So this brings me to my final question... can it be done?  Well of course it can be done, but the result will not be a competitive list.  If you manage to follow my earlier Pauper articles I ran a deck that used Esper colors to do a lot of fun things thanks to Momentary Blink.



As you can see the list was a lot of fun and actually does have the ability to show (even if it isn't good odds).  As you can see the deck makes up for the fact that it sits at three colors thanks to fetches and the Ravnica lands.  Another way that this deck makes up for running three colors is through card draw.  While its not the same from running direct fetch through green, it works in a similar way allowing you to dig for lands as well as spells.  While this deck does suffer from the slowed speed of "comes into play tapped" that I talked about earlier, it still manages to hold well against a heavy aggro environment thanks to a number of maindeck kill spells.

Now there are a couple casual decks I have up my sleeve when it comes to three color and I'm going to feature them in the second part of this.  I had originally planned on throwing them in here, but don't want to ramble on for too long.  I do want to take a look at one; however where I tried to work in green fetch to make three colors work in one of the most popular sets of three... Jund.

To start off there were a few basic things I knew that I wanted to address with this deck.  The first thing that had to be addressed was there had to be some land fetch in green, but I didn't want to waste spots with simple fetch.  This meant that I wanted bodies to go with my fetch!  The next pitfall I wanted to avoid was being so flooded through with land that I couldn't do anything else.  It often happens that you add all this land fetch to match your colors, but then get so flooded that you can't do anything else.  So I knew my out for this had to be retrace and I would be able to get into both red and black with this.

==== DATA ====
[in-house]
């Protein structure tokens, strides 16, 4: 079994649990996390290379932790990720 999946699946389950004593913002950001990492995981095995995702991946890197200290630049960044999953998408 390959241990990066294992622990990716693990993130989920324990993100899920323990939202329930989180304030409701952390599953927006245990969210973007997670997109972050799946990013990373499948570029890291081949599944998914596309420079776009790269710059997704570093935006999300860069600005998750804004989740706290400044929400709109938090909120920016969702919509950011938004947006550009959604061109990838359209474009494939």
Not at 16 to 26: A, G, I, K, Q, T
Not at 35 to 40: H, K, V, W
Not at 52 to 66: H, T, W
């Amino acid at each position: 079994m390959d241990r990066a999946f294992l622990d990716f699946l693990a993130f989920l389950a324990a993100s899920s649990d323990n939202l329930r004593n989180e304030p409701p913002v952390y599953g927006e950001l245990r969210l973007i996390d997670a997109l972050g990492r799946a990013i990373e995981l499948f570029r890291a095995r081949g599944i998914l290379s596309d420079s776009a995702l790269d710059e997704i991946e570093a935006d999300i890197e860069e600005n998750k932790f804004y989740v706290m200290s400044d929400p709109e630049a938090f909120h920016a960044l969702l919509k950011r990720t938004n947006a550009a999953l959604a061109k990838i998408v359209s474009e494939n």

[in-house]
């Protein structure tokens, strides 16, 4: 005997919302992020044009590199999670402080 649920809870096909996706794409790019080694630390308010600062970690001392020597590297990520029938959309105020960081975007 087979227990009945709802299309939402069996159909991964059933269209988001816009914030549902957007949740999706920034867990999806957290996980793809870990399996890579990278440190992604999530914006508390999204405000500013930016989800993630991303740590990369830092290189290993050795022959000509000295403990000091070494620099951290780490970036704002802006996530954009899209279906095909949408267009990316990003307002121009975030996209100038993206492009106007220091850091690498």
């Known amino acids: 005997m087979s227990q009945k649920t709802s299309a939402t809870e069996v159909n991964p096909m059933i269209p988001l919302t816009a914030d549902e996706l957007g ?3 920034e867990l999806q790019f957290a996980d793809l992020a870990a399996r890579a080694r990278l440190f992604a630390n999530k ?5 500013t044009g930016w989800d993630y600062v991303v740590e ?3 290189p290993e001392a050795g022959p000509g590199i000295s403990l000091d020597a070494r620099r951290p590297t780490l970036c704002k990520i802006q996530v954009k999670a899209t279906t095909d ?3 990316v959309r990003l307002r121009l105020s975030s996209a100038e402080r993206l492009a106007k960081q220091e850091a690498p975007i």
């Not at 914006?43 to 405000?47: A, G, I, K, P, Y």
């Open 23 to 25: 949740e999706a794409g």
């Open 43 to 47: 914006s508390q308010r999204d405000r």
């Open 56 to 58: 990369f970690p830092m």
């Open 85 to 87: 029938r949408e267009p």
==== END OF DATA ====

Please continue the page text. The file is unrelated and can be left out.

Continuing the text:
Flame Jab Raven's Crime

This helped to narrow my land fetch down a bit more because now I wanted creatures that didn't just get me land, but put it in my hand instead of onto the field.  If I were to run something like Sakura-Tribe Elder, then I would end up in the land flood that I was trying to avoid.  Trying to keep my mana curve low as well I went with Sylvan Ranger and Yavimaya Elder.  The next trick I wanted was to bring back the shroud creatures that have been so powerful in Blastoderm and Jolrael's Centaur.  More importantly I wanted to run the Blastoderm with outs for avoiding his leaving the board.

Horned Kavu Okiba-Gang Shinobi

Add in a heavy land base including the fetch Evolving Wilds and some kill spells and this is what we have...


Pauper Jund
A Deck By: JustSin
4 Blastoderm
3 Horned Kavu
4 Jolrael's Centaur
1 Okiba-Gang Shinobi
3 Sylvan Ranger
3 Wickerbough Elder
2 Yavimaya Elder
20 cards

Other Spells
3 Echoing Decay
2 Flame Jab
4 Lightning Bolt
2 Raven's Crime
4 Terminate
15 cards
4 Evolving Wilds
10 Forest
5 Mountain
6 Swamp
25 cards
Horned Kavu


Now I used only four fetches and zero Ravnica lands in an attempt to avoid the tapped pitfall that I feel is the biggest thing holding back Paupers 3+ color decks.  For the most part I tried my best to avoid too many spells that sat on double colored cost in order to try and keep in line and avoid having a handful of cards that you just cannot play.

Check out the quick deck video here...

Example Game 1
Opponent's Deck: GW Aggro
Video Link: Click Here!

Opening Hand:
ForestFlame JabEvolving WildsHorned KavuHorned KavuForestEchoing Decay